This micro-blog is not about the applications that are going to make a mark in this year. It is more of an opinion on how exactly the new mobile applications can create a difference by not necessarily doing anything extraordinary.
This year will see surface phones, by Microsoft, entering the smartphone market. Windows has placed huge bets on its Windows 10 for mobile and its “surface pro series” smartphones. Having achieved a considerable success in the tablet (or hybrid) series of Surface devices, Microsoft must be aiming at luring more and more developers to its platform. But, undoubtedly, the major platforms are going to be iOS and Android for years to come (Have I exaggerated?).
There are so many applications available in each category for every purpose possible that user experience has become a deciding factor. Native applications might be resource-intensive, but they offer a better performance as compared to hybrid apps. Naturally, developers should ideally focus on developing native apps.
The whole monetization revolves around in-app, paid apps, or subscription model. There are not going to be any major shift in the pattern, but as iOS9 allows the use of ad-blocker for safari, more and more web publishers should make their way to app store to remain financially viable in the future as the ads are supported in applications and will remain a major source of revenue.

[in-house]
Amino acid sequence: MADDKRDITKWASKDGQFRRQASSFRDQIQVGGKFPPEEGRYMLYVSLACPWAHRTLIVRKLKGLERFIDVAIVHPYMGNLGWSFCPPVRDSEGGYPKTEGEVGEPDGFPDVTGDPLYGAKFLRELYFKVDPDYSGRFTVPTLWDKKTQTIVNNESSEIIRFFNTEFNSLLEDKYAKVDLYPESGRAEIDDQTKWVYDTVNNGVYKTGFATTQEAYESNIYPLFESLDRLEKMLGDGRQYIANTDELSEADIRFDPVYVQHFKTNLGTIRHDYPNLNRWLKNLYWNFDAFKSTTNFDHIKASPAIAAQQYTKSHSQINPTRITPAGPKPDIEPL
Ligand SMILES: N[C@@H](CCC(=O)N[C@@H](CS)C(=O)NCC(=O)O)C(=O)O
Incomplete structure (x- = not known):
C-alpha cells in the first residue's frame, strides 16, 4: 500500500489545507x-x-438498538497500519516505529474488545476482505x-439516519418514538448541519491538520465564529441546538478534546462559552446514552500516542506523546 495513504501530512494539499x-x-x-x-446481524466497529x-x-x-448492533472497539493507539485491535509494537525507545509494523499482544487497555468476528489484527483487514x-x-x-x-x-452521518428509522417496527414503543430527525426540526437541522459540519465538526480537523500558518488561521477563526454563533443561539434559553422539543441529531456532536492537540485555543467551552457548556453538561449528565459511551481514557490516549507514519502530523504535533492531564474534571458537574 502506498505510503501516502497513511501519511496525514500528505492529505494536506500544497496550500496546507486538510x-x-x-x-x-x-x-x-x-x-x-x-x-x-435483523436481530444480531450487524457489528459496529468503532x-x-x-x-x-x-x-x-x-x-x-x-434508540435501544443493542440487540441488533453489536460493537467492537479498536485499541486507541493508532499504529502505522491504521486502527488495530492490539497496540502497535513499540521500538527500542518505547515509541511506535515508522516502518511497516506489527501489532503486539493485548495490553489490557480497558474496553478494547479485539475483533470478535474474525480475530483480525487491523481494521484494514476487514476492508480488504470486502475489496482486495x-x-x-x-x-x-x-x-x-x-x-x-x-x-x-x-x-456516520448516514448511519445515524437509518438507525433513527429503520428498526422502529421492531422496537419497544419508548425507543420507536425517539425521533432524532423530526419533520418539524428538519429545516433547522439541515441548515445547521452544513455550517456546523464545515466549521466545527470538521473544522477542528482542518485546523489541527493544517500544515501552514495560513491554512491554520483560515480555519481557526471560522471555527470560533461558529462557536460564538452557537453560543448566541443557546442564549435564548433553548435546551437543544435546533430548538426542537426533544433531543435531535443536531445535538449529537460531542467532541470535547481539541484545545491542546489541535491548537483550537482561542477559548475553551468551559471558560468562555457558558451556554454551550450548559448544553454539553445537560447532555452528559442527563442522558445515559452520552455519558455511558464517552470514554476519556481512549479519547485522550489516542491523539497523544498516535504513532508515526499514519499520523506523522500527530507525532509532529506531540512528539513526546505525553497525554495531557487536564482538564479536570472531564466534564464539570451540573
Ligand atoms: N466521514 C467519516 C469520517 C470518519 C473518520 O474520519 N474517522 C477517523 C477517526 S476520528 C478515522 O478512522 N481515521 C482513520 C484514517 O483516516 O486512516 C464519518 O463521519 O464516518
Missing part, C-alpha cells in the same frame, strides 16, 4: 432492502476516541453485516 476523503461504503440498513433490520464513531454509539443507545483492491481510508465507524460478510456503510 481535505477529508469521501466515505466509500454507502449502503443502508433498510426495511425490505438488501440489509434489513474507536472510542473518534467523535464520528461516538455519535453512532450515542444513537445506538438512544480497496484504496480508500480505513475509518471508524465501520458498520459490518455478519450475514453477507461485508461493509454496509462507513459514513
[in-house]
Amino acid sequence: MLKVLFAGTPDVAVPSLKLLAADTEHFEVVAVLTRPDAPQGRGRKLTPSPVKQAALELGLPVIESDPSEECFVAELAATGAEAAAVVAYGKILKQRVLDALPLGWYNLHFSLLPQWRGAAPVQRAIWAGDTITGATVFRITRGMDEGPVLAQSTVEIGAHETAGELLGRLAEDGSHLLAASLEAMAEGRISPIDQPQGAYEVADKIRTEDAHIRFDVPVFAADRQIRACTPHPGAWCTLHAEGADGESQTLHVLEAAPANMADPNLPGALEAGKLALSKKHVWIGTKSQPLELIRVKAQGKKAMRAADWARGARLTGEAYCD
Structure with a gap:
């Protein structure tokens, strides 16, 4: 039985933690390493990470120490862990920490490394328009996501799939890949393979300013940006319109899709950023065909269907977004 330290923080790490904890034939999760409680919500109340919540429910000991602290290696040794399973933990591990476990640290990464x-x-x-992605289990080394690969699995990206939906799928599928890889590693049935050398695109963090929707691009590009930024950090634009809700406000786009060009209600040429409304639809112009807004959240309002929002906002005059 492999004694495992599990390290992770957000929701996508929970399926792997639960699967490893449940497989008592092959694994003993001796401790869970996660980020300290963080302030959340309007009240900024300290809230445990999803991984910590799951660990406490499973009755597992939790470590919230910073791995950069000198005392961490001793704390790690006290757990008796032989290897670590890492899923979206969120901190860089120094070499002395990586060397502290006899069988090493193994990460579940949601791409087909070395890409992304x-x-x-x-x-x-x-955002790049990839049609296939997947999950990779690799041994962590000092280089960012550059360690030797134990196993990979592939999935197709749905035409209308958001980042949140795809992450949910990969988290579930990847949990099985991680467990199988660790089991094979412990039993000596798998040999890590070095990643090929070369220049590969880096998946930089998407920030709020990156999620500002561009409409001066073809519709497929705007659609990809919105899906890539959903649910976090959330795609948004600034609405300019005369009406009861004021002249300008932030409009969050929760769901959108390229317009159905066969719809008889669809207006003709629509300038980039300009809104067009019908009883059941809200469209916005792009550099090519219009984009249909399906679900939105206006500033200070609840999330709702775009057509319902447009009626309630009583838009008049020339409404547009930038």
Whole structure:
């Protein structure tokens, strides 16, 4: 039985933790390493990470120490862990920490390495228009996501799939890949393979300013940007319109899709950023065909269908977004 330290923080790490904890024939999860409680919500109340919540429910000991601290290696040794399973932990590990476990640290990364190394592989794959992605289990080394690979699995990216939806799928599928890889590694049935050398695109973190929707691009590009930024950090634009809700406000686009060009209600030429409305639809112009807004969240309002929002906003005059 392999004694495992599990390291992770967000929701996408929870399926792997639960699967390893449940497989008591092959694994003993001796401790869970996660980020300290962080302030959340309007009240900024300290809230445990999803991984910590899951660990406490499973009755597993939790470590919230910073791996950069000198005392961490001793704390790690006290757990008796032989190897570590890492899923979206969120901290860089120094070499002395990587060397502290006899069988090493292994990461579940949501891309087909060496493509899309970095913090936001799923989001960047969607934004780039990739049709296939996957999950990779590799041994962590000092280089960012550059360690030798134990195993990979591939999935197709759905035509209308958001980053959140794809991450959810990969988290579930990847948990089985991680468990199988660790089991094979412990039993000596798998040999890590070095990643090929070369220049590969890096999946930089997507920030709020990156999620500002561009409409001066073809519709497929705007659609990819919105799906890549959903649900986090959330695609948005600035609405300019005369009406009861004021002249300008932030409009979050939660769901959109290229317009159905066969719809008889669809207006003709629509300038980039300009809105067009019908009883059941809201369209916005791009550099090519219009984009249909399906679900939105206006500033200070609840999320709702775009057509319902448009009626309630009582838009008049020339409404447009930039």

More Wearable and TV apps
Developers should move out of their comfort zone to explore the app ecosystem of other emerging techs such as smart TVs and smart watches. The existing applications may also need an overhaul to extend its sync features as the adoption of wearables and smart home gain popularity. Internet of things is the future. Prepare in advance.
Multiple device support
There are still a number of tablet applications that are just the blown-out version of their application suited for smaller screens. Android Tablets simply lack the app-compatibility of many applications on Google Play Store, and the reason could be a number of form factors in which Android devices are available.
As mentioned, user-experience is the differentiating factor, and hence the app-users on Android tablet demand as many numbers of compatible applications as those available for iPad. With Google’s recent Nexus 9, the demand for Android tablet may spruce up in this year, and developers should ideally plan for their app-compatibility for bigger screens.
Being relevant is getting increasingly tougher with a variety of platforms and devices luring customers. These were a few things that will work better for your app development and update in the year 2016.